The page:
Study: Rising emissions could lead to global heat and heavy rainfall extremes

Study: Rising emissions could lead to global heat and heavy rainfall extremes

The world may soon grapple with the dual threats of intense heatwaves and heavy rainfall, leading to perilous flood conditions, according to a recent study in Earth’s Future.

Heat and Rain: A Dangerous Duo

Experiencing a heatwave followed by torrential rain is a dangerous combination. Initially, the heatwave parches the soil and vegetation, reducing its water absorption capacity. When heavy rainfall subsequently hits these areas, the hardened, dried-out soil struggles to absorb the water. This often results in surface runoff that can lead to flash floods and landslides.

Haijiang Wu, a researcher at China's Northwest A&F University, emphasized the severity of this issue, stating, “These compound climate extremes have exerted immense pressure on agricultural, industrial, and ecosystems sectors—far surpassing the impact of individual extreme events.”

Climate Models Paint a Concerning Picture

The research team employed multiple climate models to anticipate the compounded effects of climatic extremes by the century's end if emissions persist. Findings suggest:

  • Drying Conditions: Regions like South Africa, Europe, and the Amazon are likely to face drying conditions due to compound dry–hot extremes.

  • Increased Precipitation: Areas such as the eastern U.S., Australia, eastern and southern Asia, and Central Africa are projected to witness heightened rainfall, resulting from compound pluvial–hot extremes.

It's worth noting that future risks of compound pluvial–hot extremes are projected to be even larger than those of compound dry–hot extremes. These risks are primarily due to changes in temperature and the relationship between precipitation and temperature. The study further indicates that by the end of the century, under the Representative Concentration Pathway (RCP) 8.5 forcing, the risk of these compound climate extremes could increase 2-3 times over most global land areas.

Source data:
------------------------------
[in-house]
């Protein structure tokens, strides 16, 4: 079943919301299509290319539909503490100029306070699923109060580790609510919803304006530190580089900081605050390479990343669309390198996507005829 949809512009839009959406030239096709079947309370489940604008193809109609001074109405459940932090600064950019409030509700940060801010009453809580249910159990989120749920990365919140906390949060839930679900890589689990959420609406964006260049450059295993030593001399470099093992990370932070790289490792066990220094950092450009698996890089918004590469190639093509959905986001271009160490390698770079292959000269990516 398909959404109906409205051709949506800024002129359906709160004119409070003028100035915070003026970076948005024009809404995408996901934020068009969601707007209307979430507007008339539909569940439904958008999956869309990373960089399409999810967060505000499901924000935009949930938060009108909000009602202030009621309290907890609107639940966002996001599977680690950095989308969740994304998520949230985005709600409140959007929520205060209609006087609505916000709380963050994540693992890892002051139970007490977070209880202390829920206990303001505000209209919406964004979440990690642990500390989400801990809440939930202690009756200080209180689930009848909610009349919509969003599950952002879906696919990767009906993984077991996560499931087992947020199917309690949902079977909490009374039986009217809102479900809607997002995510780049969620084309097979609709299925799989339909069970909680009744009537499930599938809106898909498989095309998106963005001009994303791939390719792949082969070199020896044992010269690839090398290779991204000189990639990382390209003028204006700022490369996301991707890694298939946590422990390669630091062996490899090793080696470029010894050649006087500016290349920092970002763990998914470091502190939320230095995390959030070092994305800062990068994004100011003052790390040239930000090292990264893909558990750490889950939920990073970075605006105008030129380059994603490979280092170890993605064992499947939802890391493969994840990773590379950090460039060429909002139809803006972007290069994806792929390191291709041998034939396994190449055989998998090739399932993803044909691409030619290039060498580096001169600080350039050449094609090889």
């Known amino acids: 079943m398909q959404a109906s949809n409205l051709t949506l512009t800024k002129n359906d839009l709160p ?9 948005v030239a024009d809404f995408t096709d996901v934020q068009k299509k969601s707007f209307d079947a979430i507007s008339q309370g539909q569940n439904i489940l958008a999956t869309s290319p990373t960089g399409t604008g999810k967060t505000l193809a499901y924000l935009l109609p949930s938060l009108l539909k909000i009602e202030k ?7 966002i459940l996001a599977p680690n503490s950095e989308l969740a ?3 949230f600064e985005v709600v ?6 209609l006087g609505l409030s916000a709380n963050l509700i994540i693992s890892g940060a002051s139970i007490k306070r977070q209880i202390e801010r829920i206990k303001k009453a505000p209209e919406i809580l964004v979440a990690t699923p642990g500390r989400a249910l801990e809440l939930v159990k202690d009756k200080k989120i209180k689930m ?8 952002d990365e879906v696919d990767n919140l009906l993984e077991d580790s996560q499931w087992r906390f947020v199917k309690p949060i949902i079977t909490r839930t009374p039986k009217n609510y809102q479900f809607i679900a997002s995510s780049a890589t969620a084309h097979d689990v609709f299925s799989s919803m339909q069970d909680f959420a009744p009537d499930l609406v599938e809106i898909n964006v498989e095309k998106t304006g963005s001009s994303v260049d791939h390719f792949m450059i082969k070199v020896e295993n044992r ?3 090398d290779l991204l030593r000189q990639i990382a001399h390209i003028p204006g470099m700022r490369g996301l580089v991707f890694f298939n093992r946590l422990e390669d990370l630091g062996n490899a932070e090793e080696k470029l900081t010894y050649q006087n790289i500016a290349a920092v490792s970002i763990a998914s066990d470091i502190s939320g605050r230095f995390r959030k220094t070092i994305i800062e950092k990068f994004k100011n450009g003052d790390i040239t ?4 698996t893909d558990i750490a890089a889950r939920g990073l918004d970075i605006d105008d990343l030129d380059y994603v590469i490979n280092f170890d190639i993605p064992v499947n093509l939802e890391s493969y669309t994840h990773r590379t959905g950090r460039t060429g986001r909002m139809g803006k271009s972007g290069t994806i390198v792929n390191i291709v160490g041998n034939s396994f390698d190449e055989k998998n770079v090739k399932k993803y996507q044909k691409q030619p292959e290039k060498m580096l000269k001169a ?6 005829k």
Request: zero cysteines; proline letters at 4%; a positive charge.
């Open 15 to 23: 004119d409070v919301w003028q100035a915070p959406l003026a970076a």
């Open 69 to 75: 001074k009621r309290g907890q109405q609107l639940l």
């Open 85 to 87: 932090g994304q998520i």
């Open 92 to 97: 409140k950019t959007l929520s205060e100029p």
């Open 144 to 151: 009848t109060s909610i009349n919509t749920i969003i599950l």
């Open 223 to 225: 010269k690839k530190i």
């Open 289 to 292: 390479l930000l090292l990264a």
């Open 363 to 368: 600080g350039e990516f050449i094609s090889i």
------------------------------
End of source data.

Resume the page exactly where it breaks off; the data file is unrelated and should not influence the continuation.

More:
Past Instances: A Warning

Historical events highlight the repercussions of these compounded climate situations. In 2021, western Europe experienced torrential rainfalls that wreaked havoc in countries like Belgium and Germany. This disaster, according to the Copernicus Climate Change Service, led to over 200 fatalities and extensive infrastructural damage. Coincidentally, Europe also faced a hotter-than-average summer that year.

Furthermore, regions impacted by wildfires, which heatwaves exacerbate, face amplified flood risks. Burn scars, areas where vegetation and soil were previously ablaze, are less equipped to absorb water during subsequent floods.

Recent U.S. Climate Anomalies: A Prelude?

The U.S. has been witnessing a series of climatic extremes. Phoenix, Arizona, underwent prolonged spells with temperatures soaring to 110°F (43.3°C). Concurrently, regions across New England reported unprecedented heavy rainfall and flash floods. Leominster, Massachusetts, experienced a staggering 10 inches of rain within just 6 hours.

Looking Ahead: A Call to Action

The researchers hope that their discoveries will inspire the formulation of adaptation strategies to counter these compounded climatic events. As the risk evaluation and quantification of compound climate extremes become more crucial, Wu underscored the catastrophic implications if these are not addressed promptly, stating, "If we overlook the risk of compound wet-hot extremes and fail to take sufficient early warning, the impacts on water-food-energy security would be unimaginable."

More news